Launched in the middle of the year, the Community Refugee Integration and Settlement Pilot (CRISP) invites small groups of five or more adults to band together and sponsor a refugee family to resettle in their local community. The group makes the commitment to support them for a 12-month period, taking on responsibility for securing housing, employment, helping them to buy furniture, fill out forms, enrol children in schools, and in general, becoming a ‘friend and connector’.
Modelled on the Canadian experience which has settled more than 325,000 refugees in this way since the 1970s, the program has already settled about 100 refugees in Australia, with South Australia welcoming its first CRISP family in early October.
Lynton Stacey is one of eight members from the Everyday Church that has sponsored the family, who were originally from Afghanistan but had been living in Turkey as refugees for the past six years. He said the group received “great support and training” from independent charity organisation Community Refugee Sponsorship Australia, which is running the program, and had a house set up for the family when they arrived. They are living in the southern suburbs, undertaking English studies and members of the group regularly contact them to make sure they are doing okay.
“It is something that we felt called to do and it’s been a wonderful experience for everyone,” Mr Stacey said.
Addressing a forum hosted by St Chad’s Anglican Church in Highgate last month, Welcoming Australia founder Brad Chilcott AM also commended the program, describing it as an exciting and tangible way for South Australians to support displaced people in the world.
While still in its early stages, Mr Chilcott said the Canadian model demonstrated that if refugees arrived with “ready-made support networks” it was proven to “massively increase” the employment, education and wellbeing outcomes for those people.
“This program is an opportunity for Australians to be directly and personally involved in helping refugees settle in Australia and can change the way we understand their experiences, lives and the way they enrich our communities,” he said.
“The commitment is for a year, but the friendship can last a lifetime.”
Mr Chilcott told the gathering of about 40 church and community members that he was heartened by the election promises of the now Albanese Labor Government, which included abolishing the Temporary Protection and Safe Haven visas, the “unjust” fast track process and restoring family reunion visas.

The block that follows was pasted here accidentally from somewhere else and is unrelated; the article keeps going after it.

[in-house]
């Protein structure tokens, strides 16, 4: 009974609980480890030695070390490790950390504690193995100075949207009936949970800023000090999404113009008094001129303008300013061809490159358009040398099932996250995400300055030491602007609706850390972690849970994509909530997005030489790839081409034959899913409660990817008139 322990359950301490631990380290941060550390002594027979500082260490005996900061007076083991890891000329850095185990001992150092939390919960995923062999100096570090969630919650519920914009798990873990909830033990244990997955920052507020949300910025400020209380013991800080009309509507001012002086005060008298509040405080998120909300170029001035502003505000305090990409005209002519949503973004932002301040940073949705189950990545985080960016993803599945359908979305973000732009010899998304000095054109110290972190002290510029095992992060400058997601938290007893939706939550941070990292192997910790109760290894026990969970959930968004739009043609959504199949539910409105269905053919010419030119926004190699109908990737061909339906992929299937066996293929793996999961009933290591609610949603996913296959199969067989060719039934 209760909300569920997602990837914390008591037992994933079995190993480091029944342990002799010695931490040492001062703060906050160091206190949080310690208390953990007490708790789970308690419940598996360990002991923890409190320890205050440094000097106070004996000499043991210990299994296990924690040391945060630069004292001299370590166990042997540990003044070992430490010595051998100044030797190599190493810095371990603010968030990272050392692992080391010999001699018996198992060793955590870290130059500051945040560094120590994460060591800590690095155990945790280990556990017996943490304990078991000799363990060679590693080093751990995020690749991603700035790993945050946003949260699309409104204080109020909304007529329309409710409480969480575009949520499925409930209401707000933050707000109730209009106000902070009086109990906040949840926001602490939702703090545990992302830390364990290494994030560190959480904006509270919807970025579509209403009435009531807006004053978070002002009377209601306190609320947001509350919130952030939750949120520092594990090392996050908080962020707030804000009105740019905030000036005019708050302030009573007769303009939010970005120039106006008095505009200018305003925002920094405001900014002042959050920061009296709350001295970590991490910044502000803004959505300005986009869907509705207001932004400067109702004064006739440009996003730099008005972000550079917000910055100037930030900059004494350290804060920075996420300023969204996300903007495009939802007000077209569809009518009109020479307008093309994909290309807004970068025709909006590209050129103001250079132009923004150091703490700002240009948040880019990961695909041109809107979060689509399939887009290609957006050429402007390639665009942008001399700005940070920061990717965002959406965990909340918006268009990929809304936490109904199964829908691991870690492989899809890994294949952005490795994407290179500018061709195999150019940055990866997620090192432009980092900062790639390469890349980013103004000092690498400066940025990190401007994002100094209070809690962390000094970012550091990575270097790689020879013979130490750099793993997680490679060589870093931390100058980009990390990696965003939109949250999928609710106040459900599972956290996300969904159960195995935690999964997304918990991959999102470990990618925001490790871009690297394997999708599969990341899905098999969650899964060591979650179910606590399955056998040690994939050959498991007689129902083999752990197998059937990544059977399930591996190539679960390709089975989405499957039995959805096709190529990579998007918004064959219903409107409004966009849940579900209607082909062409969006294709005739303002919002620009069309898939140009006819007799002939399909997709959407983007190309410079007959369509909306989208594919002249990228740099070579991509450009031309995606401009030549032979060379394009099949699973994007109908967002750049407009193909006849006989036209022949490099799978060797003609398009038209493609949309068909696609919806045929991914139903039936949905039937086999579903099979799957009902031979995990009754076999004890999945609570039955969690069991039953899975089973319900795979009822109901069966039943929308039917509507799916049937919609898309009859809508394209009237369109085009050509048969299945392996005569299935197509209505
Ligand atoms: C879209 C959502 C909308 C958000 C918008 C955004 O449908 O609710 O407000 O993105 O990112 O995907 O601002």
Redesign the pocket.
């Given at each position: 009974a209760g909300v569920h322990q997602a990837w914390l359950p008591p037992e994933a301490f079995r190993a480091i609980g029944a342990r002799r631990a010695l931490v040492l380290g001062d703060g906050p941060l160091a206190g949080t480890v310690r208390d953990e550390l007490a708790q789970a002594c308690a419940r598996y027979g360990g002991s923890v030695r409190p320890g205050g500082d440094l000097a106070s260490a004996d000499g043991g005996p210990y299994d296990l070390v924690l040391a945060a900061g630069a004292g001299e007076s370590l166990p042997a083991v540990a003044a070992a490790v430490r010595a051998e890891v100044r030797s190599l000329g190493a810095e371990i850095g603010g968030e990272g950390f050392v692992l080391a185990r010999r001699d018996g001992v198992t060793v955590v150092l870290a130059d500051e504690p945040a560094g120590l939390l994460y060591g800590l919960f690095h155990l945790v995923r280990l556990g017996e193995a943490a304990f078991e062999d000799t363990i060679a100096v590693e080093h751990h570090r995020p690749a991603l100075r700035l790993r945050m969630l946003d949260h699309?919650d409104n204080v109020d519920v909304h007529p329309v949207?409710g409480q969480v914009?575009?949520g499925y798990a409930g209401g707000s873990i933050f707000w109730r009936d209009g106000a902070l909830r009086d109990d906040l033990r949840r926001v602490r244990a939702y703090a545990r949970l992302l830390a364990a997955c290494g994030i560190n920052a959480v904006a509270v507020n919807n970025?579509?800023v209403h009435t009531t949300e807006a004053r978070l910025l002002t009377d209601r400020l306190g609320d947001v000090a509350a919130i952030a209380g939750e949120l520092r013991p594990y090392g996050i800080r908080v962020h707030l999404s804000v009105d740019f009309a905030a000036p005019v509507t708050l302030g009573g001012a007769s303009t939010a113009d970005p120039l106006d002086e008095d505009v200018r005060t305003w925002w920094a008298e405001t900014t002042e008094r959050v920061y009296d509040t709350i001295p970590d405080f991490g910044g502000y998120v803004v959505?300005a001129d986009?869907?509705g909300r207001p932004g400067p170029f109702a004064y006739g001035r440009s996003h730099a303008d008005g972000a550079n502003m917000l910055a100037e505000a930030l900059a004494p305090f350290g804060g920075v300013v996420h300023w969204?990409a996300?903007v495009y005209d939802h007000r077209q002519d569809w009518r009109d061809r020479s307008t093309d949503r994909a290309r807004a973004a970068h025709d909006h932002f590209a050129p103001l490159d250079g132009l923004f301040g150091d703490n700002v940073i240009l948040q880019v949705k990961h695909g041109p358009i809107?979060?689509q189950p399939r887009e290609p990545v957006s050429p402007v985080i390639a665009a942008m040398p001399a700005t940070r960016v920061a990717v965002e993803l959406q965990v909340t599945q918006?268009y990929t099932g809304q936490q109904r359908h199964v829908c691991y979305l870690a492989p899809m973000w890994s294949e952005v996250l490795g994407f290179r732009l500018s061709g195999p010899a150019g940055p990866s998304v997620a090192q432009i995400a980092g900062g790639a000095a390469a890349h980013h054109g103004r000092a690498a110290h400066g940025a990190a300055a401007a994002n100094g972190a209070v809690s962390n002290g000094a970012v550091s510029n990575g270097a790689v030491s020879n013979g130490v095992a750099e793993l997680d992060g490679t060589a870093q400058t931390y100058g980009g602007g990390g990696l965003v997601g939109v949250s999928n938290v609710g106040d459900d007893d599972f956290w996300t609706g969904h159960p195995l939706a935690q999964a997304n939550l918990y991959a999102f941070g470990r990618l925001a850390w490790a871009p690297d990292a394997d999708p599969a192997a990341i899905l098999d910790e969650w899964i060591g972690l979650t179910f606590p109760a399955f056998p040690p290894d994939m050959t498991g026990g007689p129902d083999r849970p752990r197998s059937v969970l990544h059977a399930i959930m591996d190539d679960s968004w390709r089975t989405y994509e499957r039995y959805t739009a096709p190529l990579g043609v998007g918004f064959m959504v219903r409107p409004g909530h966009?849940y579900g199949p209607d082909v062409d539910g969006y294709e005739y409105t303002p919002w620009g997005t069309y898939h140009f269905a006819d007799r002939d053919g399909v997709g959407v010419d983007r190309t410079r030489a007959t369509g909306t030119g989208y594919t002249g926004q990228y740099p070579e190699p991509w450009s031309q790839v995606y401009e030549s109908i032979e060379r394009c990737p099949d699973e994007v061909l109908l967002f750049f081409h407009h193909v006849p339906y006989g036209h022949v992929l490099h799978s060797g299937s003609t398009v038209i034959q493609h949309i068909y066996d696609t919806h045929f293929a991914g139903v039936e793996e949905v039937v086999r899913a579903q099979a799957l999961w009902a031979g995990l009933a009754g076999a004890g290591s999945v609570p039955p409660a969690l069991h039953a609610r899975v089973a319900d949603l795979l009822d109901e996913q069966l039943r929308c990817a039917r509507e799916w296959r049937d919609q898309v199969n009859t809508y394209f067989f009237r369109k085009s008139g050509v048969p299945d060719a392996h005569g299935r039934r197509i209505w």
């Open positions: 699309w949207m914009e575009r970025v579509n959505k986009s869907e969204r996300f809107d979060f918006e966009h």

“The policy commitments from the incoming Labor Government are really exciting,” he said.
“We are here today in a moment when I believe true change is possible. Where Australians are being called towards compassion and generosity for refugees and for other marginalised groups for the first time in a very long time. Where our leaders are saying positive things about refugees, wanting to expand intakes, celebrating diversity of all kinds in a different way that I’ve seen for much longer than a decade.
“We’re only six months in so there hasn’t yet been a radical change of legislation but we have seen a radical change of tone, of rhetoric, of narrative.”
Former SA Governor Hieu Van Le AC also spoke at the forum, recounting the treacherous boat journeys he and wife Lan experienced as they fled war torn South Vietnam, eventually starting a new life as refugees in Australia.
On the first journey their boat was constantly being turned back by the Malaysian coastguard and out of desperation the 51 onboard swam through crocodile-infested waters to get to shore. After enduring “horrible” conditions in a refugee camp for three months, they boarded a more seaworthy boat and started towards Australia, with Mr Le taking the role as navigator.
“The trip took nearly a month and many, many times we thought we wouldn’t make it,” he said.
After being greeted by “two blokes in a tinny” in Darwin Harbour, on November 21 1977 the couple flew to Adelaide and were bused to the Pennington Hostel.
“The first night…we heard knocks on our door and when we opened it there was an Australian family, local people coming and saying ‘welcome to Australia, we are here to help, is there anything we can help you with?” he said.
“We hadn’t heard that for a long, long time.
“The most important thing that can empower us to have the confidence to live and do the best we can, is that feeling of belonging.
“Never underestimate the word, welcome.”